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A nonprofit, independent news source to inform, inspire, educate and connect the St. Louis Jewish community.

St. Louis Jewish Light

A nonprofit, independent news source to inform, inspire, educate and connect the St. Louis Jewish community.

St. Louis Jewish Light

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Let’s talk about antisemitism on college campuses

Daniel Swindell
Jewish students on the campus of the University of Missouri talk to police after a Shabbat Table was vandalized on campus.

In the wake of continued pro-Palestinian protests on college campuses that effectively rationalize the Hamas atrocities of Oct. 7 against Israel, it is worth further examining the stunning testimony of the three college presidents of University of Pennsylvania, Harvard, and MIT before a House committee on Dec. 5 that exposed the antisemitism at those universities and academia at large.

Amazingly, the three women could not bring themselves to answer yes to Rep. Elise Stefanic’s question as to whether calling for genocide against Jews would be a violation of their school’s code of conduct. Instead, they said it would depend on “context.” Such equivocation shocked most observers, but anyone familiar with contemporary academic culture should not be surprised with their response.

Remember that the vast majority of faculty and administrators at universities, particularly elite institutions such as the Ivy League schools, are not only liberal Democrats (based on data on campaign donations and party affiliations) but also support a far-left narrative grounded in “post-colonialism,” “critical race theory,” “intersectionality,” and other such concepts that view the United States, Israel, whites, Jews and other “privileged” groups as “oppressors.” Thus, even if Hamas’s Oct. 7 actions were over-the-top- terrorism that provoked the current round of violence, most of the professoriate and much of the student body tend to see a moral equivalency between the latter and Israeli killing of civilians in Gaza. Indeed, many accord the Palestinians the higher moral ground, never mind that Israel has the right of self-defense in resorting to armed force against aggression and has generally adhered to international humanitarian law as much as possible in trying to distinguish between combatants and noncombatants.

In being so preoccupied with defending free speech and academic freedom — being super-sensitive not to offend their left-leaning campus constituents engaged in pro-Palestinian protests — the main sin committed by the three presidents was not only lack of moral clarity but gross hypocrisy.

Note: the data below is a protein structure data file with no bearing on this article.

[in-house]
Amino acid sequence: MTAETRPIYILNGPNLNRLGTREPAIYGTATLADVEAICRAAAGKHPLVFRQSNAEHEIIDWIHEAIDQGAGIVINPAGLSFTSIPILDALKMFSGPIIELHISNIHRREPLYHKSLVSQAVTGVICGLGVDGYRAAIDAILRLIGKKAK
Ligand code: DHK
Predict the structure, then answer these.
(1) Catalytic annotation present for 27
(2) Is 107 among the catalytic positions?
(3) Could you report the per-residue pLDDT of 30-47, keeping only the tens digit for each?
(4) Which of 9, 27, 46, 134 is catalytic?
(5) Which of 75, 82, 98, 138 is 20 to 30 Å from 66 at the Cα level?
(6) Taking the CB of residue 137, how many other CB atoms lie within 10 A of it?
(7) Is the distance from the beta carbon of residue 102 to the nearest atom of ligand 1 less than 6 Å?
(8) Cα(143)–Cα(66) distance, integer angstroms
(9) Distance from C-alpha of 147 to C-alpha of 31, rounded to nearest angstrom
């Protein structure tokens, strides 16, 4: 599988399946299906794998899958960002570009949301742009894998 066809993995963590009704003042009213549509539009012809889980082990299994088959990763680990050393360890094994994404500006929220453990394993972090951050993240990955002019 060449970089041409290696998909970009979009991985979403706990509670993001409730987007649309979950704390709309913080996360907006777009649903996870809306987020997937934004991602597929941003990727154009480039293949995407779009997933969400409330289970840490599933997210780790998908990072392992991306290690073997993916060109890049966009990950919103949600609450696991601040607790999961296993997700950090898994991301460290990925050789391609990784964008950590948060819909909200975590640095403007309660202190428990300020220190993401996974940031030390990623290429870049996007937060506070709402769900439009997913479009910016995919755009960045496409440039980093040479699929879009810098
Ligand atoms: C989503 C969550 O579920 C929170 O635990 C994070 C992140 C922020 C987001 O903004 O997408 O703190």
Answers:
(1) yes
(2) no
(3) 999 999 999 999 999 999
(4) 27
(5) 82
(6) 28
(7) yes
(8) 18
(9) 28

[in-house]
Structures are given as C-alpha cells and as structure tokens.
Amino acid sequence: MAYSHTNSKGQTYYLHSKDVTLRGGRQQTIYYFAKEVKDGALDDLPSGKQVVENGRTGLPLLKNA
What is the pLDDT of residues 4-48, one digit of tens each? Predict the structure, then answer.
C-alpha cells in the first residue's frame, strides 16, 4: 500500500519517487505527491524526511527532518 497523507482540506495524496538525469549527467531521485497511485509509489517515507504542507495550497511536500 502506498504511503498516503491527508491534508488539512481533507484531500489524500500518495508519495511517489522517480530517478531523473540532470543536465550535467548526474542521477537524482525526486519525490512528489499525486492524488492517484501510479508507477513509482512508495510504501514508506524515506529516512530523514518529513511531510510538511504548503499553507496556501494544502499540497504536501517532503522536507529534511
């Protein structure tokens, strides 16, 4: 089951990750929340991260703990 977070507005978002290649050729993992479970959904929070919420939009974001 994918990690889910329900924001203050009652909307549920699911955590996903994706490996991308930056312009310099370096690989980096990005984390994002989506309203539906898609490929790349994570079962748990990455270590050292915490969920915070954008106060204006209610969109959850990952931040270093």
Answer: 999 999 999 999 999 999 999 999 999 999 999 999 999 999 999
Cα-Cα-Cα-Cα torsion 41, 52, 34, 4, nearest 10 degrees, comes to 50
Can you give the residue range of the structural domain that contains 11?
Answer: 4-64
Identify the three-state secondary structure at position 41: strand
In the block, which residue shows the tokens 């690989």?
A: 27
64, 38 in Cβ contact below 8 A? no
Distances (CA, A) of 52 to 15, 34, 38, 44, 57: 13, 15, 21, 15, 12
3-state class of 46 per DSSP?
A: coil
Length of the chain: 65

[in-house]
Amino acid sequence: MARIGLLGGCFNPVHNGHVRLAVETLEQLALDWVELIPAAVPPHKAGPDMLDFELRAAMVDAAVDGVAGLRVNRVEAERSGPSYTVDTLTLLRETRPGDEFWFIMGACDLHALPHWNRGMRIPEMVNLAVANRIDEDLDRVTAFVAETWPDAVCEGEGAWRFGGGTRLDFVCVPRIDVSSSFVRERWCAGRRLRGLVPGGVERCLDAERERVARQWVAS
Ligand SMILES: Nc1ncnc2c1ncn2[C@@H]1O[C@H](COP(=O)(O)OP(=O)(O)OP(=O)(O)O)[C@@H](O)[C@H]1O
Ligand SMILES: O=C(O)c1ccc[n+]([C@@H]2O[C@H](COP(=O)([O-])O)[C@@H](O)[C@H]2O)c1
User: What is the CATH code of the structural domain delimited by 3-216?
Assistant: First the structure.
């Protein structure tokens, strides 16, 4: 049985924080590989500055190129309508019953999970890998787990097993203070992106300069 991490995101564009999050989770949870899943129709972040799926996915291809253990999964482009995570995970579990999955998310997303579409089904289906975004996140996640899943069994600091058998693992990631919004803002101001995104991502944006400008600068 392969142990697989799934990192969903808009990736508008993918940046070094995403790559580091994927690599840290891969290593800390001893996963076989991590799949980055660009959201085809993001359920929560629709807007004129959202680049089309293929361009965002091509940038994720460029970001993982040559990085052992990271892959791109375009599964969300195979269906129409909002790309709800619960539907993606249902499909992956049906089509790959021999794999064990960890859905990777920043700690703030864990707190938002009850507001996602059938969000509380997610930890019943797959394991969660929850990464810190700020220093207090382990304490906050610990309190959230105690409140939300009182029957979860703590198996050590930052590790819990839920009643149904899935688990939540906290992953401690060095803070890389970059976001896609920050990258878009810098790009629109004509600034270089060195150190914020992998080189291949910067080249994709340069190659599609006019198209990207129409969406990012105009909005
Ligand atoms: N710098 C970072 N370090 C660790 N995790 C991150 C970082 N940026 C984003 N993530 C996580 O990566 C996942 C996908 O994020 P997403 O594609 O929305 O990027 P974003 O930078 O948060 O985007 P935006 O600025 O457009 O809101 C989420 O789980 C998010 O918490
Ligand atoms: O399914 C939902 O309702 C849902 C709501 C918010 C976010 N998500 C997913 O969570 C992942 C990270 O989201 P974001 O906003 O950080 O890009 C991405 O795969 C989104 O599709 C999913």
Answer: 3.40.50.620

I am supportive of the First Amendment. I believe we should err on the side of maximizing free speech—the correct formula should be “censure, not censor,” that is, the primary guard against outrageous speech is to meet it with counter-speech criticizing it, not necessarily to ban it. However, if speech crosses a bright line, such as inciting to violence, it can and should be banned. Moreover, in exercising speech policing, universities should be consistent in the rules they apply. 

It was almost comical how the three presidents refused to condemn genocide against Jews when their universities and other such institutions have been so quick to engage in cancel culture and ban speech from conservative speakers delivering much less inflammatory language. For example:

• In 2023 the Foundation for Individual Rights and Expression ranked Harvard last on its “free speech” rankings among 248 universities.

• Dorian Abbot, professor of geophysics at the University of Chicago, had his lecture at MIT canceled in 2021 due to his having written an op-ed criticizing “woke ideology” and supporting “merit-based” hiring.

• Professor Amy Wax of the University of Pennsylvania law school has had disciplinary procedures instituted against her because she raised concerns about the academic performance of minorities.

• The chancellor of the University of California-Berkeley, on her webpage, urged faculty to avoid using such “microaggression” phrases as “I believe the most qualified person should get the job.”

• Faculty at many universities have been threatened with firing for refusing to use certain pronouns in class.

Suffice it to say, Harvard, Penn, MIT and other universities are very selective in limiting speech. Apparently committing genocide against Jews does not clearly qualify as speech that crosses the line, while far less outrageous speech does.

As noted above, the explanation is that antisemitism does not quite fit the dominant ideological narrative that tends to prompt university leadership to speak out more loudly in support of Black Lives Matter and LBGTQ folks, victims of Islamophobia, and other persons of color. The sad reality is that even the most savage, barbaric murders, rapes, beheadings, and other atrocities committed against Jews, including children and Holocaust survivors, does not yet quite rise to the level of obscenity worthy of unequivocal condemnation by leaders even at our most elite universities, some of whom are Jewish. 

I might note that Yale’s current president, Peter Salovey, is Jewish. He has announced his forthcoming retirement. Yale is the only Ivy League university never to have had a female president. I am guessing, given current identity politics, his successor will be a woman, maybe Black, surely “progressive.” Never mind the gender or color or religion, unless as a society we commit to changing “the narrative,” universities will remain obtuse when it comes to antisemitism.

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